Friday, July 20, 2012

Ace Attorney Movie. The Review!


I have wanted to see it since the moment they first published stills of the movie.

It was originally only going to show in New York and possibly LA for film festivals.

Somehow, through the glorious power of the Dallas Asian Film Festival crew, they brought it here. I wasn’t aware of the first showing (my own dumb fault) but was thrilled to see it would play again during closing night.

If I could summarize the movie in one sentence it would be this: Should the movie play in your town, drop everything that you are doing and go see it.

This isn’t some fan girl playing up to the games. This is coming from the point of view of a movie reviewer and a gamer. Ace Attorney isn’t perfect, but it is a gavel bang of justice that is sorely needed for the video game movie genre.

Positives:

- This is by far the best adaptation of a video game to a movie yet. Why? Hollywood didn’t get their hands on it. Capcom stayed away from the project (which could have been bad; look at the Super Mario Bros. movie). They gathered cast and crew that really committed to the characters and cared about the content of the game. Down to the hairstyles and clothing, it was all about bringing the game to life.

- Classic characters and new twists. Even if you haven’t played the games, you knew when Phoenix was on the screen, or when Edgeworth was going to respond with a point and a snap, or that Larry Butz was going to do something in the background to grab your attention. Larry owned that movie. But some of the characters were given a new spin, such as Redd White (spoiler: the murderer in the second case) went from being a flashy man in a pink suit to a disheveled man in black, dark shades, and mangled hair as a reporter, not a hotel manager. And his perky assistant? Gone.

A lot of this possibly had to do with the way they were trying to convey the story; a more obvious note to the viewer that “this guy is bad, this guy is good” so that the final case would be even more of a surprise to new-comers of the series.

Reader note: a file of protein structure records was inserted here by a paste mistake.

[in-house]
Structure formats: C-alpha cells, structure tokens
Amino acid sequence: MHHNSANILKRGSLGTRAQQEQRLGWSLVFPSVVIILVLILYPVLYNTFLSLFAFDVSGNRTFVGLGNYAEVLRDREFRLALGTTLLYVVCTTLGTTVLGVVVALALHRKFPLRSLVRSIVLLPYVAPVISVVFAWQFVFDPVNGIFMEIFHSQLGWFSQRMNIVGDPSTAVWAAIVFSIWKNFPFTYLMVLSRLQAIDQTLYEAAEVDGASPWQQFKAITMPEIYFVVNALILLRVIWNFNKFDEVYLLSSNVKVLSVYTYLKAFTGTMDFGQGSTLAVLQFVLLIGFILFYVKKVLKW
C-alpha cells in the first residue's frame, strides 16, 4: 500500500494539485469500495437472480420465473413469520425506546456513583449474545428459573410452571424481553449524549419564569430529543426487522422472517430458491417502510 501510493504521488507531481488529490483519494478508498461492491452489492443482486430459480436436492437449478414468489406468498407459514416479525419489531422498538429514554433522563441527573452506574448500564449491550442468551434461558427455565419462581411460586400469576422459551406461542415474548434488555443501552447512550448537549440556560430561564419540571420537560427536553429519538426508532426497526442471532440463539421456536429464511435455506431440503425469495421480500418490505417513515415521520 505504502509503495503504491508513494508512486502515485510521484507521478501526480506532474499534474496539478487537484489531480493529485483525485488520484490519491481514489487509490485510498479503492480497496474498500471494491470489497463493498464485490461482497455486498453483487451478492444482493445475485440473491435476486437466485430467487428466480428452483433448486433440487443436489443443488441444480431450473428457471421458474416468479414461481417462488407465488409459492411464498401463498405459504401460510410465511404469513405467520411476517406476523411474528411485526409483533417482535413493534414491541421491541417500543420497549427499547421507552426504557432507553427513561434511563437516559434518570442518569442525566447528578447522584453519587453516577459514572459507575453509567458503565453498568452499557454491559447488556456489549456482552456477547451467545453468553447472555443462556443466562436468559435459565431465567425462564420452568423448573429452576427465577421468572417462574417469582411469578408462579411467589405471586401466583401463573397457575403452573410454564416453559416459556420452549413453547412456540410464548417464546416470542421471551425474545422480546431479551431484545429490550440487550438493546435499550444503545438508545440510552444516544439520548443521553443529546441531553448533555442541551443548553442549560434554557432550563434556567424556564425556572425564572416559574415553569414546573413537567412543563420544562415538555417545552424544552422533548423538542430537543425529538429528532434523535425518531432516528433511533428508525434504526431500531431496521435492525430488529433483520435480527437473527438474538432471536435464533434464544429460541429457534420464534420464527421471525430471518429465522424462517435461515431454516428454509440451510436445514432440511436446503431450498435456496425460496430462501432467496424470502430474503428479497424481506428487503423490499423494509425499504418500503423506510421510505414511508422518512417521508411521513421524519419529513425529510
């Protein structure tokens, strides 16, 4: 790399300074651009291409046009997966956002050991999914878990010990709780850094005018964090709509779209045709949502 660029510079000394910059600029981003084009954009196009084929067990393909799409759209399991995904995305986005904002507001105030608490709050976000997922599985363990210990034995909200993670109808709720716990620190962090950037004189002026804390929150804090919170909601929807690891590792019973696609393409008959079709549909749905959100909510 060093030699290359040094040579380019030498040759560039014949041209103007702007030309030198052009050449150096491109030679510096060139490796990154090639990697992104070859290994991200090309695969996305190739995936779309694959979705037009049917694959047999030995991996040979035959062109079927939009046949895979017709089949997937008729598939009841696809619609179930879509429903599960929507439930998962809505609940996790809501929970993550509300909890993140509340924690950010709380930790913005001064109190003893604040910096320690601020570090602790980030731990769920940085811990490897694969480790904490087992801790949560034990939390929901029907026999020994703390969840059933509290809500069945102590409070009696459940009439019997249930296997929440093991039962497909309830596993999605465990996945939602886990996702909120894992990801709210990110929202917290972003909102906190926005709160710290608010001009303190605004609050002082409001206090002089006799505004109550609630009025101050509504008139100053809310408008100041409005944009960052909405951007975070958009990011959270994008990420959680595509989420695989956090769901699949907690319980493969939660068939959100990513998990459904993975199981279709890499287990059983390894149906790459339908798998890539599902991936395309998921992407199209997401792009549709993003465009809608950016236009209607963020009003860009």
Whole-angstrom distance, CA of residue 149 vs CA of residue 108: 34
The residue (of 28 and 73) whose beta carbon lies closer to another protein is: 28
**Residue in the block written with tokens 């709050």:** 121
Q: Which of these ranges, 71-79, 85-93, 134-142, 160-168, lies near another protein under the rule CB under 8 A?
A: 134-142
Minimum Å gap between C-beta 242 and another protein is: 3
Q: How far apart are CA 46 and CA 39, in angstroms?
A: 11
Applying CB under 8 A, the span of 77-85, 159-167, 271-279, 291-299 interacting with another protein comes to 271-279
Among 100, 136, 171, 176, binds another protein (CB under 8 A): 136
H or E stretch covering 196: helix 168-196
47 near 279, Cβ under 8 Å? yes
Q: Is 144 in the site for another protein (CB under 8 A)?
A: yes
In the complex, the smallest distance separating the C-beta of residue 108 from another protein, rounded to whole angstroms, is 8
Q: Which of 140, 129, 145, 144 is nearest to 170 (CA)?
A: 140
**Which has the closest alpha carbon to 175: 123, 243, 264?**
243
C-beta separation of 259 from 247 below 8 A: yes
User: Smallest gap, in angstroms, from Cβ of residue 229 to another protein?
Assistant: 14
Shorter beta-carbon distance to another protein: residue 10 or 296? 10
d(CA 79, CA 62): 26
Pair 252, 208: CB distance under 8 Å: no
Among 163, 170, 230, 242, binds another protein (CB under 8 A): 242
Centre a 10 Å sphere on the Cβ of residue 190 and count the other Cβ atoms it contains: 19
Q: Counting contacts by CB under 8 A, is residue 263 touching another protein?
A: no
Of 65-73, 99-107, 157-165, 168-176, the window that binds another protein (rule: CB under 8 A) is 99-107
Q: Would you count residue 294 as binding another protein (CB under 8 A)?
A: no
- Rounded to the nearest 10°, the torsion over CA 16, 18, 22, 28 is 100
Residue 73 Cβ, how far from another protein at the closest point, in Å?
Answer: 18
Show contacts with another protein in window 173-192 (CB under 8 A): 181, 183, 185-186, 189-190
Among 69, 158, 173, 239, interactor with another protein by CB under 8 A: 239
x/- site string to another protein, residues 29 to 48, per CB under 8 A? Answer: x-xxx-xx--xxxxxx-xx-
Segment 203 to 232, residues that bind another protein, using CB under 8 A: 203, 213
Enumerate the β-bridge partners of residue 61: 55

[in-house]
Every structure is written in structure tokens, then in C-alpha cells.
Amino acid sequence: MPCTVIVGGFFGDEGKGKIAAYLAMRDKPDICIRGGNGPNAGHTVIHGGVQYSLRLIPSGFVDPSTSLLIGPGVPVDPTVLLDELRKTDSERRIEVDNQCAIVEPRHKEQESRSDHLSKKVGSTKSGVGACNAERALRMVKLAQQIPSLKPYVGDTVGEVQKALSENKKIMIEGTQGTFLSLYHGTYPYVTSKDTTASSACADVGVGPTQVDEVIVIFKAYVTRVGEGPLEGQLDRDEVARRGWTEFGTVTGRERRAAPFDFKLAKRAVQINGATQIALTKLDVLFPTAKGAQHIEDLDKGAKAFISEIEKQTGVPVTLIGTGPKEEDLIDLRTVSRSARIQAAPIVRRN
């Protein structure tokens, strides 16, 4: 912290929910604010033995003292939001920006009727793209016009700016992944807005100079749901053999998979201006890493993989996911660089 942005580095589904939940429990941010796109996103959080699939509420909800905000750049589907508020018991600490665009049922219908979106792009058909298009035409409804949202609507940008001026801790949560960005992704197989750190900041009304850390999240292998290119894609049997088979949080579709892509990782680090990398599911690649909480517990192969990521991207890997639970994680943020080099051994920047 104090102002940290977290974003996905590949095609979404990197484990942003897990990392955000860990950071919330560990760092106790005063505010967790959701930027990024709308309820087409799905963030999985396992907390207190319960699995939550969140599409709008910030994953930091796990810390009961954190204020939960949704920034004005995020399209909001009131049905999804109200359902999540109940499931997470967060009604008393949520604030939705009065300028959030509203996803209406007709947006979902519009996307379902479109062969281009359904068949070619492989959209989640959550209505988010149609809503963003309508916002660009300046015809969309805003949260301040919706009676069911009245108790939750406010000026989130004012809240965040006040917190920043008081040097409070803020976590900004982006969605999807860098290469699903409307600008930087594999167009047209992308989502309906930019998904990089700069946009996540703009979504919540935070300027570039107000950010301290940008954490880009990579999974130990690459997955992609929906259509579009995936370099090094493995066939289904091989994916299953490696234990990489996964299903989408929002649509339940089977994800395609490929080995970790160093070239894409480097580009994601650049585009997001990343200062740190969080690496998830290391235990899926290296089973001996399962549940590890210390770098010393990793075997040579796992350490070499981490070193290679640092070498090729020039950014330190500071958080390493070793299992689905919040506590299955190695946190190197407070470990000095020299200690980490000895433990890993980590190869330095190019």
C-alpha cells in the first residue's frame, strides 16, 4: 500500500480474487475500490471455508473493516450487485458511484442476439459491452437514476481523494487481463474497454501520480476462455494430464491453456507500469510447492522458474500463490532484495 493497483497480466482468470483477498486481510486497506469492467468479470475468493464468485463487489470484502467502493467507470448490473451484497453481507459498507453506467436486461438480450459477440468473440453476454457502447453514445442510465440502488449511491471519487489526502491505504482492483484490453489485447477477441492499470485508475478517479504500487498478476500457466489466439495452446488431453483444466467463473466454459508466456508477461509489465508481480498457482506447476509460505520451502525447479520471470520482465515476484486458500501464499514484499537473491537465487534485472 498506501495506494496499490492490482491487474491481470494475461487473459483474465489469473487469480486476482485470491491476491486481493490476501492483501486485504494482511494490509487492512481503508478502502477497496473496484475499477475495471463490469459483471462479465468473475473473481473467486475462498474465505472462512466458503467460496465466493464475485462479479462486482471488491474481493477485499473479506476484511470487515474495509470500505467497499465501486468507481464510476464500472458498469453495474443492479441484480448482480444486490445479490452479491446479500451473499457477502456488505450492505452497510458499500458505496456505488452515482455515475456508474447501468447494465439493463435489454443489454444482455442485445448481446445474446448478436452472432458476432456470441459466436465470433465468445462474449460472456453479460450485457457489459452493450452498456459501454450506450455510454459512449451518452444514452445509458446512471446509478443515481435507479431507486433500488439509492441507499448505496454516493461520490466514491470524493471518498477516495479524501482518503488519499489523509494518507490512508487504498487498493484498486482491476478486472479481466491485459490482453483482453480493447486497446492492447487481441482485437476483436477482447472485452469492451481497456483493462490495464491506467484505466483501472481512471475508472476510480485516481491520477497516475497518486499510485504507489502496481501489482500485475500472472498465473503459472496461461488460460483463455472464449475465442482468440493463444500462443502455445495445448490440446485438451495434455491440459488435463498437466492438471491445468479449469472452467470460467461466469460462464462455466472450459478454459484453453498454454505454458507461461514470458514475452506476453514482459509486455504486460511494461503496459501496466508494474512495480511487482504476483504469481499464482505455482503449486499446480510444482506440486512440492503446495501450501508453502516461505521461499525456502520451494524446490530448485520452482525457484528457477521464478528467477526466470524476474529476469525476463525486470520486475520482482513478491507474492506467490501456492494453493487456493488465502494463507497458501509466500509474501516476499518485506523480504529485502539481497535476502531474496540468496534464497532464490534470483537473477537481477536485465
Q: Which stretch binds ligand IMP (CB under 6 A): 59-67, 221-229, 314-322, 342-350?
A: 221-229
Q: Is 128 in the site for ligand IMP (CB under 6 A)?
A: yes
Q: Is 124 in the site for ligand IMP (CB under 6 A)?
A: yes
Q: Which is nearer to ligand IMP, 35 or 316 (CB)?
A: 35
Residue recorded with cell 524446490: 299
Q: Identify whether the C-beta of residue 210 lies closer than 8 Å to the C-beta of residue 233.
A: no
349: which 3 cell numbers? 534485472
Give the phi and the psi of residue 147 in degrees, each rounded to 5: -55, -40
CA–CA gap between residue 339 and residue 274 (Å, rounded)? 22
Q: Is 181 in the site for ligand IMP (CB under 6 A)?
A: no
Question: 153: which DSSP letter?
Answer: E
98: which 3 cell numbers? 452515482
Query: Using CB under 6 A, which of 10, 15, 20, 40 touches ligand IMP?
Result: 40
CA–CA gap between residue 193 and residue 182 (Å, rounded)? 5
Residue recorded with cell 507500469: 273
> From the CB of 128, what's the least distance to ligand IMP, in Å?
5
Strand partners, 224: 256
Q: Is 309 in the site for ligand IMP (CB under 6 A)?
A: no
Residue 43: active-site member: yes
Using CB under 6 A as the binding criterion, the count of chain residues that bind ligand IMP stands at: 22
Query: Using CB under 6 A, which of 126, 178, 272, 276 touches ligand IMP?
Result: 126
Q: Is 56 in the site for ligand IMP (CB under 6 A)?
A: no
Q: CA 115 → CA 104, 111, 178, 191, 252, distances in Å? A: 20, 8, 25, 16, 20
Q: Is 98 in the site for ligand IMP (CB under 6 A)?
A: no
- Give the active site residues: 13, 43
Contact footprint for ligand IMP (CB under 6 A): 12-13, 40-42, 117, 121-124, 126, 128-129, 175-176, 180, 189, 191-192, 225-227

While I miss the flamboyance of Redd White, the change wasn’t all bad.

- Making the game come to life. It’s not just the characters, their hair, and their mannerisms, but it was clear that the crew really paid attention to details to make the set alive. The blow-up Steel Samurai from Gourdy Lake? Picture perfect replica from the game. The gavel the judge used? Exact. The attorney badge? Legit. Even the insanity that was the digital projection screens that displayed pieces of evidence (and it was ridiculous) felt like you were right there, playing the game, tapping away to solve the case and exonerate your client.

- Everything old felt new. Takashi Miike and the script writers took on a difficult task squishing 4 cases into a 2 hour movie. The way they approached each case wasn’t like the game at all. They were all inter-twined and some slightly altered to showcase the power of the court system and how the determination of one lawyer can turn the system upside, around, and backwards to ensure the innocent are proven not guilty. The movie was well crafted to interject a lot of fan favorites but keeping the tone right where it needed to be, borderline serious and amusing.

- Subtitles! This gets its own category because it’s obvious that the production company had an influence on how titles would read to audiences. Yes the Japanese names were changed to their American counterparts, which was a nice gesture. What I really loved is that they included accents, tones, and inflections that you see from characters in the game. Lotta Heart, the paranormal photographer, for example, has a Southern twang in the game. Guess what happened with the subtitles? All Lottafied! Now we all know she didn’t really speak like that in the film, but it made it all the more compelling.